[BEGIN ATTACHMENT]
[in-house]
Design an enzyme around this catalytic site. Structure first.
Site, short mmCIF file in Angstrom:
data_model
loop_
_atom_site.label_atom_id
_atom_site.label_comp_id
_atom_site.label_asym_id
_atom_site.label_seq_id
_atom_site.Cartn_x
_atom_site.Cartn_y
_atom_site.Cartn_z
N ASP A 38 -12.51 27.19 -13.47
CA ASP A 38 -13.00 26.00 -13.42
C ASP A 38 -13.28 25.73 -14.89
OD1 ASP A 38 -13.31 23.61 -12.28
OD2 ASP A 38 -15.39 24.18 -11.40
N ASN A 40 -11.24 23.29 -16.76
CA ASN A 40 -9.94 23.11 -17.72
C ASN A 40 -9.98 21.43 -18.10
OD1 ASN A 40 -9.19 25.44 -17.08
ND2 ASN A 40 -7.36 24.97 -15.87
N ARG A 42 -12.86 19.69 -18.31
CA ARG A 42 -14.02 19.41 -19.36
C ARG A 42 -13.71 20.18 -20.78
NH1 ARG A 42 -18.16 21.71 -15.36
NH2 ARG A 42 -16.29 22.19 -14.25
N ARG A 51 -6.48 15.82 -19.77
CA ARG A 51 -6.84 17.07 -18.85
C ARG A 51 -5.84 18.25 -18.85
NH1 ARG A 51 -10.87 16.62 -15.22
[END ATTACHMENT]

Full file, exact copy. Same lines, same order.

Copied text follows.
[in-house]
Design an enzyme around this catalytic site. Structure first.
Site, short mmCIF file in Angstrom:
data_model
loop_
_atom_site.label_atom_id
_atom_site.label_comp_id
_atom_site.label_asym_id
_atom_site.label_seq_id
_atom_site.Cartn_x
_atom_site.Cartn_y
_atom_site.Cartn_z
N ASP A 38 -12.51 27.19 -13.47
CA ASP A 38 -13.00 26.00 -13.42
C ASP A 38 -13.28 25.73 -14.89
OD1 ASP A 38 -13.31 23.61 -12.28
OD2 ASP A 38 -15.39 24.18 -11.40
N ASN A 40 -11.24 23.29 -16.76
CA ASN A 40 -9.94 23.11 -17.72
C ASN A 40 -9.98 21.43 -18.10
OD1 ASN A 40 -9.19 25.44 -17.08
ND2 ASN A 40 -7.36 24.97 -15.87
N ARG A 42 -12.86 19.69 -18.31
CA ARG A 42 -14.02 19.41 -19.36
C ARG A 42 -13.71 20.18 -20.78
NH1 ARG A 42 -18.16 21.71 -15.36
NH2 ARG A 42 -16.29 22.19 -14.25
N ARG A 51 -6.48 15.82 -19.77
CA ARG A 51 -6.84 17.07 -18.85
C ARG A 51 -5.84 18.25 -18.85
NH1 ARG A 51 -10.87 16.62 -15.22